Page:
What do the Mormon Tabernacle Choir and Cannibal Corpse have in common? I love them both.

metal kid chris.jpg
(Erik Bremer)

Members of the Church of Jesus Christ of Latter-day Saints, Mormons, tend to have popular stereotypes: they all have nine kids in their family, they all go on missions and they all eat funeral potatoes.

However, my personal lifestyle has broken several of those stereotypes. I am an avid metal fan and I am a Mormon.

Since I was 13, I have been drawn to heavy metal and its hundreds of subgenres. I love the passion, aggression, art and freedom associated with it.

From an outside perspective, I seem like a walking contradiction. My musical lifestyle contrasts with my religious ideologies, seemingly heretical or damnable.

I grew up in a religious family where individuality and a lust for life were priorities. After I launched myself into the perpetual mosh pit that is metal, I felt at home. However, that feeling was tried and tested throughout my youth.

When I was a teenager, I would hear the whispers of peers and their parents as I would attend youth events wearing band shirts that carried a disruptive and aggressive message.

I recall not being invited to join certain out-of-church activities with the kids my age because I listened to “music that would drive the Spirit of God away.”

As I entered high school, I found it difficult to make friends with other students in LDS seminary classes. They would talk about new church artists they were discovering, and I would interject with a thought about Slipknot.

While sitting in church, the kids my age would discuss P!nk, Coldplay or other radio friendlies, and I would attempt to carry on the conversation by talking about As I Lay Dying’s newest album.

I felt as though what I enjoyed in life stood in the way of me fitting in and being a faithful Mormon. Instead of resenting those around me or the church itself, I instead further embraced my musical lifestyle and decided to pave my own path.

Being a metalhead changed from the cross I bear to the badge I wear. It’s what made me different from anyone else around me. My parents saw my desire to be different and taught me, “If you don’t want to fit in, then you better stand out.”

I embodied the life of both a metalhead and active church member and found an infinite number of ways to combine teachings from both.

I was taught by The Holy Bible and The Book of Mormon to be proud of who I am and to stand up for what I believe in. Bands like Lamb of God, Unearth and Killswitch Engage carried the same messages in their music.

I was taught in church about the parable of The Good Samaritan and that we should always help each other when in times of need. While moshing at a Children of Bodom concert, I helped a man who had fallen down out of concern for his safety.

I was taught about the importance of serving your fellow man and letting them serve you. After I had fake blood spit all over me while watching the band Behemoth, my heart softened as several strangers approached me in genuine concern and asked if I needed medical attention.

Although certain metal bands have anti-religious messages, I have found my faith strengthened. My appreciation for metal increases as I go to church and my church experience improves as I listen to metal.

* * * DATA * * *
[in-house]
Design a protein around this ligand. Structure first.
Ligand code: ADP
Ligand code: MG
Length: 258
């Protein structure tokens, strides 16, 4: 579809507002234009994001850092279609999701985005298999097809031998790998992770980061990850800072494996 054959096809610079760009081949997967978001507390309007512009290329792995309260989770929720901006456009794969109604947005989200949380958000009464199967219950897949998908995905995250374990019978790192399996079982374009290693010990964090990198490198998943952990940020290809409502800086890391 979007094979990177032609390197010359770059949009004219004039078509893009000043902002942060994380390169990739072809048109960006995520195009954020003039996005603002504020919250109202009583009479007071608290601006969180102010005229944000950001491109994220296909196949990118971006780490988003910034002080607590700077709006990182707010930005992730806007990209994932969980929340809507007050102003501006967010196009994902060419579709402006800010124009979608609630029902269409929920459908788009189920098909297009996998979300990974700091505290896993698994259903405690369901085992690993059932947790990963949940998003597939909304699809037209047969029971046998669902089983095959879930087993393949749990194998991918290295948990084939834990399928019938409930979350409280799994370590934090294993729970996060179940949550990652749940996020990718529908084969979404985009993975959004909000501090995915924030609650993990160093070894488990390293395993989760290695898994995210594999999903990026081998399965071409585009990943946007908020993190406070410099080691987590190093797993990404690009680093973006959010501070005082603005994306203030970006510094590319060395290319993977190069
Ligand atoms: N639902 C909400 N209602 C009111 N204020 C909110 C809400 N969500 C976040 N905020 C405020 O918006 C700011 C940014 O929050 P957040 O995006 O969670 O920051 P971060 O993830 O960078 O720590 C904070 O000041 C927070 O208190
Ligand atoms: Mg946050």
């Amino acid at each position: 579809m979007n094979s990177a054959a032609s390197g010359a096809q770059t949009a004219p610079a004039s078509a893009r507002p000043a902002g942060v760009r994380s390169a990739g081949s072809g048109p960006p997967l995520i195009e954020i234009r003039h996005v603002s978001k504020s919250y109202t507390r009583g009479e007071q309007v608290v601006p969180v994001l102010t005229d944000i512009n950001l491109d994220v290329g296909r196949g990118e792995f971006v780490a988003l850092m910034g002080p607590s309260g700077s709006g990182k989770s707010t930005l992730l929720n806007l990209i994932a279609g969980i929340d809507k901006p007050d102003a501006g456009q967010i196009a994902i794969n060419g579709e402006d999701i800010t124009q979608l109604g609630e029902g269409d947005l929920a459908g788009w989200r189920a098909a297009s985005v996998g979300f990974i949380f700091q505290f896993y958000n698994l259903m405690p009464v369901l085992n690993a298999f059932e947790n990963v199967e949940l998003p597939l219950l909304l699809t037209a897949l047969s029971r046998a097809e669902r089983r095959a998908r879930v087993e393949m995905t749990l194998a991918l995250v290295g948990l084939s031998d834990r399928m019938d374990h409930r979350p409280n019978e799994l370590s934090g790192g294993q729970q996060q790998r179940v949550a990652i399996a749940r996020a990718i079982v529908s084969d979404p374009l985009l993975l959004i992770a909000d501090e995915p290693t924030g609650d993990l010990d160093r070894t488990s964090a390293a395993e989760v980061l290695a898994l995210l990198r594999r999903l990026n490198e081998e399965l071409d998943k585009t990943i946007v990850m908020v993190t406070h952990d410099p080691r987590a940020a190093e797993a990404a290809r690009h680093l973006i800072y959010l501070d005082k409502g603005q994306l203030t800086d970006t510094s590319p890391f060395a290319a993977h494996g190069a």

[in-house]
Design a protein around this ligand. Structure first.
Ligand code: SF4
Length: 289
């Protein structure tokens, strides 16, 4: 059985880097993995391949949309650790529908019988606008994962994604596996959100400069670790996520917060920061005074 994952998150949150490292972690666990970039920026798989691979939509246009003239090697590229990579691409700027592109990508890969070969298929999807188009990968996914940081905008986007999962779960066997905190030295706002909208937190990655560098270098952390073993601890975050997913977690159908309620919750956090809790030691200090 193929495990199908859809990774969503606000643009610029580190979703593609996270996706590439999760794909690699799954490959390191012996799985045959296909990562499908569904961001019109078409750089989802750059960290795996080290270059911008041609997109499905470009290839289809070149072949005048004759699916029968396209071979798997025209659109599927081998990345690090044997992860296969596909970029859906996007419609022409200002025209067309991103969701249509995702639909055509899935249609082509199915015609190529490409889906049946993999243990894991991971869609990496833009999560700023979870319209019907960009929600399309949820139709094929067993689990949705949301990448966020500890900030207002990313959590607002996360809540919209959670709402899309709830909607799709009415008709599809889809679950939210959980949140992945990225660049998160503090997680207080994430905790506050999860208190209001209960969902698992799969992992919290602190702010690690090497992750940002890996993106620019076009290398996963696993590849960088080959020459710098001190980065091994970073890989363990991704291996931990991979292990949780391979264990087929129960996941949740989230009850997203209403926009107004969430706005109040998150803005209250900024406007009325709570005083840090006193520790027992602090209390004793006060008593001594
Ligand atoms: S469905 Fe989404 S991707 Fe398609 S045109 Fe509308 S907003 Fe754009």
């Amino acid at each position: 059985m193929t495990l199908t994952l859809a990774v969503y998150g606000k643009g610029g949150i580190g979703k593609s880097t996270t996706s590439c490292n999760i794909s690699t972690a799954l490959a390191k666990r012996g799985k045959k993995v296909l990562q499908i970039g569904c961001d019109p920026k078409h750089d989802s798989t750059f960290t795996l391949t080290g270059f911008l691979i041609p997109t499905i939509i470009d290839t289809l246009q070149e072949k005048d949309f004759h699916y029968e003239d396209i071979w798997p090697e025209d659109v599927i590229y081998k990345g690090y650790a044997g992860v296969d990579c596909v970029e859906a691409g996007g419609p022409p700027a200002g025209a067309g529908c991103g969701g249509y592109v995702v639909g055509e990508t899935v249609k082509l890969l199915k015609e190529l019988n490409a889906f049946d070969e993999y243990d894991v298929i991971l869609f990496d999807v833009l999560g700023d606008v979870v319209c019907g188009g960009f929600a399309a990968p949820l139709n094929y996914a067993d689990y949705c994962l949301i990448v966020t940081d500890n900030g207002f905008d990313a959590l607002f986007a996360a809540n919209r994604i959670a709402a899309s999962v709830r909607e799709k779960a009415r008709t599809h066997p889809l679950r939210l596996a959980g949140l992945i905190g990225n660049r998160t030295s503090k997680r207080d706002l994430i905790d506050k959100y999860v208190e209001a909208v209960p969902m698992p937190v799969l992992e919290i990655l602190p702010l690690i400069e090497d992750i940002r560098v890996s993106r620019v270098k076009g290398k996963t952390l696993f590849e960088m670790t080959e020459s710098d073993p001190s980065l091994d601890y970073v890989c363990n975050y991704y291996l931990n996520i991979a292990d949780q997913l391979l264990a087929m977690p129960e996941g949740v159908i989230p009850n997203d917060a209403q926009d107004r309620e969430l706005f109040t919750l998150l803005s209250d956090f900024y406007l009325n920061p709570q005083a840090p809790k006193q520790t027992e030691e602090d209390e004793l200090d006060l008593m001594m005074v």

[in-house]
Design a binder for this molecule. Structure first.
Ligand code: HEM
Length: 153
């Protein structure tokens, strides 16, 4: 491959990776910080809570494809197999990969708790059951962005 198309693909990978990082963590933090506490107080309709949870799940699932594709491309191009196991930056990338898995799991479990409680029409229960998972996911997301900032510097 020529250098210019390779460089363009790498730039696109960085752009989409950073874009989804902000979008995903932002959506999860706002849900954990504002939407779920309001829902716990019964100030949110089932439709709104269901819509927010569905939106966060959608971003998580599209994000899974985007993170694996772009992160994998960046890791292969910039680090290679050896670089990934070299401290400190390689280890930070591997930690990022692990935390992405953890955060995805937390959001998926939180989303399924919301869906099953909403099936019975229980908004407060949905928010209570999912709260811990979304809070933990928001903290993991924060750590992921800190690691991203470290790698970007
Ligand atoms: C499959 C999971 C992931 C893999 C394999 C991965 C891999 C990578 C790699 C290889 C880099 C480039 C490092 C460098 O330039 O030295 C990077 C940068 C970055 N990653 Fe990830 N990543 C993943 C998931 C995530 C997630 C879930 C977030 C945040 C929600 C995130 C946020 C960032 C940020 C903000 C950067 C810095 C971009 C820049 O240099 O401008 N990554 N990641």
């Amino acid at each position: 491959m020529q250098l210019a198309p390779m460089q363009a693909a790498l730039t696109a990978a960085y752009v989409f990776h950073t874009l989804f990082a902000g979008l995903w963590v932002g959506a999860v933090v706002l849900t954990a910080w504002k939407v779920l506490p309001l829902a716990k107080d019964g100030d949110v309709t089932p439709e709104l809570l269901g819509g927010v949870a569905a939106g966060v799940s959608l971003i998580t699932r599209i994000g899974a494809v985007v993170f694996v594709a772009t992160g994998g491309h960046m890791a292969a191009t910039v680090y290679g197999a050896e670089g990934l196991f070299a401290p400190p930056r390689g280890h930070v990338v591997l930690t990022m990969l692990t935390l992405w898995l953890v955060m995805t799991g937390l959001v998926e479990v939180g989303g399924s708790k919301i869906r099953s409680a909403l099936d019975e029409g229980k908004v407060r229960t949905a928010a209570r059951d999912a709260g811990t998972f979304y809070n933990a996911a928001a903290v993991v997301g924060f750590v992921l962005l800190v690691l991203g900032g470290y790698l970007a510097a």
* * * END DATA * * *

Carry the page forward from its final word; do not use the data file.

It’s common for me to talk about concert experiences in my church meetings. I often attend church events wearing death metal band shirts. I’ve even gone so far as to teach a church lesson relating spiritual strength to the history of grindcore.

My experiences in church buildings and my experiences in mosh pits have taught me one vital lesson: love the life that you lead. I am a metalhead. I am a Mormon. I am proud to be both.

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  1. Thank you for sharing. We have a lot in common. I listen to Lamb of God, The Devil Wears Prada, Between the Buried and Me, and All Shall Perish on the way to church most Sundays. And I’m a 33 yr old single mom. Go you.

  2. I listened to “Necroticism” from Carcass when I planned an Elders Quorum lesson once. The lesson turned out fine, actually I got many compliments.

    I’m pushing 50 and while my taste runs “old” (Maiden, Napalm Death, etc), I’m a fan of metal in general. I’m especially impressed with the bands that experiment with the genre or expand it and pushing it’s edges: anything from Rammstein to Amon Amarth, Dillinger Escape Plan to Opeth.

    Good day.

  3. Thanks for posting this. This is something that I have struggled a bit with throughout my life. I remember as a teenager listening to Opeth and Mastodon and feeling guilty for not enjoying EFY music.

    Over the past few years I have come to accept that I can listen to metal bands and be a member of the Church (I actually work at the Church in Salt Lake City on the IT side). Part of this is connecting with other employees who listen to all different kinds of music, not just the tabernacle choir and Kenneth Cope.

    My favorite band for the past 10 years has been Alcest. A particularly strong reason for this is the spiritual nature of their music. This band has helped me in so many ways.

    That said, I am careful what I listen to as I would with any genre of music. For example, I’m not going to listen to Behemoth, but I’m also not going to listen to The Weekend for very similar reasons – although they are very different genres of music 🙂

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